Are there a lot of references to the plot of the first game? Are there things I'm already expected to know at the outset?

I hear that there is some stuff imported from old save games in the new sequel. Is there content I'll miss out on for not having an old save?

  • I've heard that it is generally not necessary to know the first part, but that you will miss out some backstory to the characters that is not repeated again. May 17, 2011 at 15:02
  • Read the Novels of Andrzej Sapkowski.
    – Rito
    May 17, 2011 at 15:07
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    @Strix - the actual answer claims to be a generic answer, rather than tied to the Disgaea series. However, it still amounts to closing the question of "What is 2+2?" because someone else asked "What is 5-1?" already. May 17, 2011 at 15:34
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    @ChrisF I don't want to know in general; I want to know for The Witcher 2. May 17, 2011 at 16:21
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    @ChrisF Ideally that expectation would apply to every sequel, but that's not the case in reality. Rock Paper Shotgun mentions that "there’s an awful lot of politics in the Witcher 2; unfortunately some of it is near nonsensical to newcomers (a serious worry about the game is it presumes everyone has played and finished the original Witcher)".
    – Mana
    May 17, 2011 at 18:08

2 Answers 2


I played the first one through and loved it. I'm now playing Witcher 2 and loving it as well.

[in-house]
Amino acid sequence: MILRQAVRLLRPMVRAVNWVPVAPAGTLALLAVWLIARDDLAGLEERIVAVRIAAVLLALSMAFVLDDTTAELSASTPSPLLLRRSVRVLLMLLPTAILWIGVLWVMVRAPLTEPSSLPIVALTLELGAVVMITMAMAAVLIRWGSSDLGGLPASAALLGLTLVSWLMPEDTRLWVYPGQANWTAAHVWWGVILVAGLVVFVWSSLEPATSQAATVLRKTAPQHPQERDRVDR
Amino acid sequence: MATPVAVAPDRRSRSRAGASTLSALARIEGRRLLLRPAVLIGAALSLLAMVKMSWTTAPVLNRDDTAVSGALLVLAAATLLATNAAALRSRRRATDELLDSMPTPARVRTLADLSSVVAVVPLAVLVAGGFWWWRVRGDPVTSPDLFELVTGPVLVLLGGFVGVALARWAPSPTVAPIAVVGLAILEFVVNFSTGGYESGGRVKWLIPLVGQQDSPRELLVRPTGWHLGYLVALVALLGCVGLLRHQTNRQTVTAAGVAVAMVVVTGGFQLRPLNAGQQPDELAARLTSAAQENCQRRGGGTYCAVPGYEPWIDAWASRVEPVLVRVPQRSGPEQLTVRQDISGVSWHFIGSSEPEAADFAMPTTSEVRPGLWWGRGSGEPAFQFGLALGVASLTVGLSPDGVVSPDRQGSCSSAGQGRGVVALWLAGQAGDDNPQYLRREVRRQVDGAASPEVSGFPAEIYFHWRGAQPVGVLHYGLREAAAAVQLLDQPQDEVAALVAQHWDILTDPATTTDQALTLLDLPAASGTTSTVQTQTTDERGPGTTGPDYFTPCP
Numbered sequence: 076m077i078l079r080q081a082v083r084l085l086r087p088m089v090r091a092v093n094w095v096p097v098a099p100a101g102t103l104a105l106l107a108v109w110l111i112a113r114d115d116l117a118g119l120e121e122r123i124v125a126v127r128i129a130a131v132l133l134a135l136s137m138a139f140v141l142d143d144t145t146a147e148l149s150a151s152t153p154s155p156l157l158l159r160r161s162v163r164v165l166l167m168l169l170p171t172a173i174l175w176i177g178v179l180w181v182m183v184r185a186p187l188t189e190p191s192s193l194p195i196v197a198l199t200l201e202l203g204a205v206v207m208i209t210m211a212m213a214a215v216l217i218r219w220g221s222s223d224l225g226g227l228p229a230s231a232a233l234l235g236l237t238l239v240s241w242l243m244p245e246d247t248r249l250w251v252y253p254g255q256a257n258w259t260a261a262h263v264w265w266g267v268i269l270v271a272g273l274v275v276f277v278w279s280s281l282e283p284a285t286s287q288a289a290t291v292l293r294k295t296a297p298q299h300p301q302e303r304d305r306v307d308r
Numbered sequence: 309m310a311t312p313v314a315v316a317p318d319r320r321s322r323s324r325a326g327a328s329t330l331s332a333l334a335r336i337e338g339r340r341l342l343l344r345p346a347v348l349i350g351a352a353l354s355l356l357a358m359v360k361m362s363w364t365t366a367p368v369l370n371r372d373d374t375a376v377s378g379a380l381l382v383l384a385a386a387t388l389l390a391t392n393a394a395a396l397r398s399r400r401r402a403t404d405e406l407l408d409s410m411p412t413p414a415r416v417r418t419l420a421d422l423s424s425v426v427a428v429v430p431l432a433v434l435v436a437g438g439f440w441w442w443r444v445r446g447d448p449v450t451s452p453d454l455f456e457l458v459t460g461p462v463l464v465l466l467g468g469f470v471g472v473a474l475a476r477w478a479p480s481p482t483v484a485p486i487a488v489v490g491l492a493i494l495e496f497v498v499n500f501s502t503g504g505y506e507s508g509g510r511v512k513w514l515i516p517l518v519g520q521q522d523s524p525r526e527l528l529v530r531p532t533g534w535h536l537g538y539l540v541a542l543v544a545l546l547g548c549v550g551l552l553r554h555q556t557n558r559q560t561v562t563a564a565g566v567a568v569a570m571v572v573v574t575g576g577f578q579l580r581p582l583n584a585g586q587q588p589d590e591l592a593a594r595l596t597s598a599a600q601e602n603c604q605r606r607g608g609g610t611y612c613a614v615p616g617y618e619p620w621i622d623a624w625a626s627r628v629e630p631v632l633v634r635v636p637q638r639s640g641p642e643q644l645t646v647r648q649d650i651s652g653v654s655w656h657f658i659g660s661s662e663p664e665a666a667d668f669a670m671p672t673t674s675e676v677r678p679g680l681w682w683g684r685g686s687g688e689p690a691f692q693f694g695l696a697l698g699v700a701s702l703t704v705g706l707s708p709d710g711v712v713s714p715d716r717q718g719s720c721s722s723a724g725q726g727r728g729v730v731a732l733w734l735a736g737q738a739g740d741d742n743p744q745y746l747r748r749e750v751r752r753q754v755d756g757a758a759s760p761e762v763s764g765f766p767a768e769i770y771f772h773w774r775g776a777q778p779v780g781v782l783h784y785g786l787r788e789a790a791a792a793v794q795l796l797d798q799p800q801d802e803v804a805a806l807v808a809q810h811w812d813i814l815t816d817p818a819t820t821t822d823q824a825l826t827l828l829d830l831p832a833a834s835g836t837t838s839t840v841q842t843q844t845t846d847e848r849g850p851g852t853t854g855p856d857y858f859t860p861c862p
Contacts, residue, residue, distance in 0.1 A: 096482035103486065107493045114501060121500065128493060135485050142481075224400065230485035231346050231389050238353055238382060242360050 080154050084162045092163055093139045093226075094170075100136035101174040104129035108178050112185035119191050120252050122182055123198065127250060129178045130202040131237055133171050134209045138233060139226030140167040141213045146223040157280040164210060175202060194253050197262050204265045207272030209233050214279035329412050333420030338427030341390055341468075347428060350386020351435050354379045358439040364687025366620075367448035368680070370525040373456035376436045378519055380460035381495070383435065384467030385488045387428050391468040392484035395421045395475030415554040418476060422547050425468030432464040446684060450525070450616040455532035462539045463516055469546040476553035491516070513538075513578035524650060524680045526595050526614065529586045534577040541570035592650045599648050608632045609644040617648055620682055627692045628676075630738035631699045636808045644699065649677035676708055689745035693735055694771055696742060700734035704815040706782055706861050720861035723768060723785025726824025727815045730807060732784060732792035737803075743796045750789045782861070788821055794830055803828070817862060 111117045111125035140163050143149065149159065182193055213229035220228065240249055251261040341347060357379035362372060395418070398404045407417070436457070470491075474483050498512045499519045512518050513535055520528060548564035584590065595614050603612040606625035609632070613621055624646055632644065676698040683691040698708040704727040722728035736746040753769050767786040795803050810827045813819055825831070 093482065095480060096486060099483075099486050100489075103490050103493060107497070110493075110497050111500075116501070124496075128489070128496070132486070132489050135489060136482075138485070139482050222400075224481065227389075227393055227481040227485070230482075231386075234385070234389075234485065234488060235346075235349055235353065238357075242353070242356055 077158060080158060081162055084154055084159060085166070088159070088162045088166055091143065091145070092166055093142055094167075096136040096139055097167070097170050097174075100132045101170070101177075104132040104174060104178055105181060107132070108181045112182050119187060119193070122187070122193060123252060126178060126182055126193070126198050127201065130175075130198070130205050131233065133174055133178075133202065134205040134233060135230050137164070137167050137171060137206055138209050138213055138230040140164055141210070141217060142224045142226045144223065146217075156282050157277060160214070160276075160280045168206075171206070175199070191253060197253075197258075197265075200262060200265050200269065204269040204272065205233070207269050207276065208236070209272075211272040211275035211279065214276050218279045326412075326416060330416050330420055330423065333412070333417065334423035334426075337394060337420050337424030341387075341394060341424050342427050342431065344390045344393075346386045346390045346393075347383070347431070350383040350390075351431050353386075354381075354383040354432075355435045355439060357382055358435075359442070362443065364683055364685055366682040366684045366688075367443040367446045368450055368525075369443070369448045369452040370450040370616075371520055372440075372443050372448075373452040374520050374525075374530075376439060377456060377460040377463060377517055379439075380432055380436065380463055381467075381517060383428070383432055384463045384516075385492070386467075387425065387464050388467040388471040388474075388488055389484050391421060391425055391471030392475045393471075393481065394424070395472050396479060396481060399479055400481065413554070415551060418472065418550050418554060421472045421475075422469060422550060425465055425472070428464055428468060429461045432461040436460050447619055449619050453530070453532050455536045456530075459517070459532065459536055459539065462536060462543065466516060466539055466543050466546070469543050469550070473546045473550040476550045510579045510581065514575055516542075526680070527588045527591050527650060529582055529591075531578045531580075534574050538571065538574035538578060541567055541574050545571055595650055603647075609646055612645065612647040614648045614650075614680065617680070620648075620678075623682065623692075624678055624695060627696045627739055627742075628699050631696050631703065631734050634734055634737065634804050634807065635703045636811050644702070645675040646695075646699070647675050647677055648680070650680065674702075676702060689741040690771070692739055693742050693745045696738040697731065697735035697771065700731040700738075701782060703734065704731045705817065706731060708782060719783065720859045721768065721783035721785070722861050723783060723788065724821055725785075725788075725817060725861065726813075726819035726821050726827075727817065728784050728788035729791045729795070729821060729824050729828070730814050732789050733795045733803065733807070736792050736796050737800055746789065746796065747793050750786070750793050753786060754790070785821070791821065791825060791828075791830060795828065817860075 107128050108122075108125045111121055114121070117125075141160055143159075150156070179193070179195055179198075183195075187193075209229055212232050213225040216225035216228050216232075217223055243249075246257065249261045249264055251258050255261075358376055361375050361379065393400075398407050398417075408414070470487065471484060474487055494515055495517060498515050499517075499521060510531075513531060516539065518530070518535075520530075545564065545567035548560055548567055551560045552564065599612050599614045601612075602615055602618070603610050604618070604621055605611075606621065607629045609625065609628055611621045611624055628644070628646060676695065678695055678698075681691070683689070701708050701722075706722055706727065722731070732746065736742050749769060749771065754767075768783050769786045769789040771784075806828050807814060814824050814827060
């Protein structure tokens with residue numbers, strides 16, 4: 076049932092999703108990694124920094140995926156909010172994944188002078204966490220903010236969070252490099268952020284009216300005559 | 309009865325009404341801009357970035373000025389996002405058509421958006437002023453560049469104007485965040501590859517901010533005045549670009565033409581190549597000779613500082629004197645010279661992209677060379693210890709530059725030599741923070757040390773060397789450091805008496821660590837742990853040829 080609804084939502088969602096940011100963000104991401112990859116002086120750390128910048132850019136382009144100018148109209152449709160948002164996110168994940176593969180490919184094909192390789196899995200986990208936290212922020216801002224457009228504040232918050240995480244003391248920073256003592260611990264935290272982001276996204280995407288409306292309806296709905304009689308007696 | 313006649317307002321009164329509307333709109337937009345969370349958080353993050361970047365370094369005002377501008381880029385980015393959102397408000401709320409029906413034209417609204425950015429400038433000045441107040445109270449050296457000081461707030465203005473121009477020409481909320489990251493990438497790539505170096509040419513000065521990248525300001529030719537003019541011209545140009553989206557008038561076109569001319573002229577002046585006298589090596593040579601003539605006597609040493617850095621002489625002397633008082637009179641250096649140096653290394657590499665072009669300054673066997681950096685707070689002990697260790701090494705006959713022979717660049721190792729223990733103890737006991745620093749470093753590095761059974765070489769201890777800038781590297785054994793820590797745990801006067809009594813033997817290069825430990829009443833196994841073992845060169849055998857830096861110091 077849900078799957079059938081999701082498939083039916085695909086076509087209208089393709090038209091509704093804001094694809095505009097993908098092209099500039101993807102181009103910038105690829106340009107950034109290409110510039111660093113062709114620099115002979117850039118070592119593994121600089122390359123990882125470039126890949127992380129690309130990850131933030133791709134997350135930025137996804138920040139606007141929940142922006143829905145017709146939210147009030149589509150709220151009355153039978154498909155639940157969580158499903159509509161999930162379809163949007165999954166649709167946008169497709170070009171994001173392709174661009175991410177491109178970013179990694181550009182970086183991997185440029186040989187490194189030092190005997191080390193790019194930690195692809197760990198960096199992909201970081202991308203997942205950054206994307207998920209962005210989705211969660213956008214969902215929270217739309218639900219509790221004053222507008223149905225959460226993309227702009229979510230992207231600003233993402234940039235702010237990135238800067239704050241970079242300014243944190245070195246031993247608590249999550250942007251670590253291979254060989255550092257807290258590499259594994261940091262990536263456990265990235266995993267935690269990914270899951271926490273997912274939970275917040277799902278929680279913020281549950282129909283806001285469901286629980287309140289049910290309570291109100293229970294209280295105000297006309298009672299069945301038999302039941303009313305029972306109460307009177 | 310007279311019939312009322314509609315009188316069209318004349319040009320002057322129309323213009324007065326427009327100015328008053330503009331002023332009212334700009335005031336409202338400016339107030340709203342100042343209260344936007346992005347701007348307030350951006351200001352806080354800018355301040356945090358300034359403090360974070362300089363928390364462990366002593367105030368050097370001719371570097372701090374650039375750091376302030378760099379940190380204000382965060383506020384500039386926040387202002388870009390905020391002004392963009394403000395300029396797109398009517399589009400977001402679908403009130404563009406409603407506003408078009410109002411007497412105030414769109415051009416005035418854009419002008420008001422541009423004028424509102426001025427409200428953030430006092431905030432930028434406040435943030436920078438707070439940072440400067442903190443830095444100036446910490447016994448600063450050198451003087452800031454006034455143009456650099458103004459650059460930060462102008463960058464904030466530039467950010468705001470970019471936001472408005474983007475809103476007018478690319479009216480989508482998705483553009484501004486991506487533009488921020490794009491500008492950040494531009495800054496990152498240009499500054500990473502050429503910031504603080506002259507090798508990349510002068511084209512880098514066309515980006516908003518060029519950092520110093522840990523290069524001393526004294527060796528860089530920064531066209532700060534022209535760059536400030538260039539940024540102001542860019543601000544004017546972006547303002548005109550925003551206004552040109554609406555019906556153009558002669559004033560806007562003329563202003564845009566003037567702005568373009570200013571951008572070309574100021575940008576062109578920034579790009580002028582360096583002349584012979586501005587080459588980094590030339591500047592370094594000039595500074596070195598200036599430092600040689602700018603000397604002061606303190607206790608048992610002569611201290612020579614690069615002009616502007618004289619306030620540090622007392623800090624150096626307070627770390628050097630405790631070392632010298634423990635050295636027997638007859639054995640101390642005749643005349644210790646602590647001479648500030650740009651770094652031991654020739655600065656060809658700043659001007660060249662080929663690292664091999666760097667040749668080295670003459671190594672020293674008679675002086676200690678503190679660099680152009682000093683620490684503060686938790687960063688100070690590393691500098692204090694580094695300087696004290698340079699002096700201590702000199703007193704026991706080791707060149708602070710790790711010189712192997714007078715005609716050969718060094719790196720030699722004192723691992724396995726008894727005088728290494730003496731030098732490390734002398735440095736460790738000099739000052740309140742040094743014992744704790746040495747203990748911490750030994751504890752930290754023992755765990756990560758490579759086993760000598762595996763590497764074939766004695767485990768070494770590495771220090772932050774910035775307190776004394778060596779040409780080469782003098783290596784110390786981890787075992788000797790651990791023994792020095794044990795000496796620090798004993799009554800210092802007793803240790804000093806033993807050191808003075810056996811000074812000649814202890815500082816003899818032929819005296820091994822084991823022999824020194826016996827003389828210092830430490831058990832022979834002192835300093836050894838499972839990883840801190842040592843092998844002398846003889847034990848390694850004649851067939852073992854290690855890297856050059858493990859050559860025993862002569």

If your concern is the plot and back-story, I think you'll do fine just reading the plot summary on Wiki

As far as importing a save game, it carries over a little bit of money and gear, but nothing that gives a huge advantage. You'll have earned more money and better gear in a few hours anyway.

The biggest issue I can think of is in understanding the mindset of the character, the game, and the world. The Witchers are powerful warriors like you'd find in other games, but that's not what makes them interesting/unique. Their specialties are knowledge of the many exotic monsters and their alchemy with potions (and traps and bombs in this case).

Reading/researching about creatures would be optional codex/lore in another game, but here it is part of the quests themselves. Potions, bombs, traps would be optional consumables in another game - and I personally rarely use them - but here they're critical.

Many people are struck by the difficulty of the game, and it's usually because they're trying to sword-fight their way through everything. If you really make use of the traps, bombs, potions, oils, etc. you should do just fine.

Lastly, understand that the character Geralt is not trying to be a heroic soldier. Unlike in comparable RPGs, you're neither a great hero nor villain, just something like a tough exterminator travelling from village to village cleaning up their monster infestations. Getting caught up in politics and wars is anathema to the cynical Witcher who just wants to be on his way to the next job.


They are actually quite different games although the second one naturally follows the storyline of it's predecessor. The first Witcher was more RPG heavy and didn't have any "press this button now or you die" sequences. Combat was also a bit more complicated with different stances available to the character. The witcher 2 is something between an RPG and an action game (but it is still very good) and easily beats Dragon Age 2 in terms of graphics.

There are references to the original story in the witcher 2 but you do not miss much if you do not know all the details.

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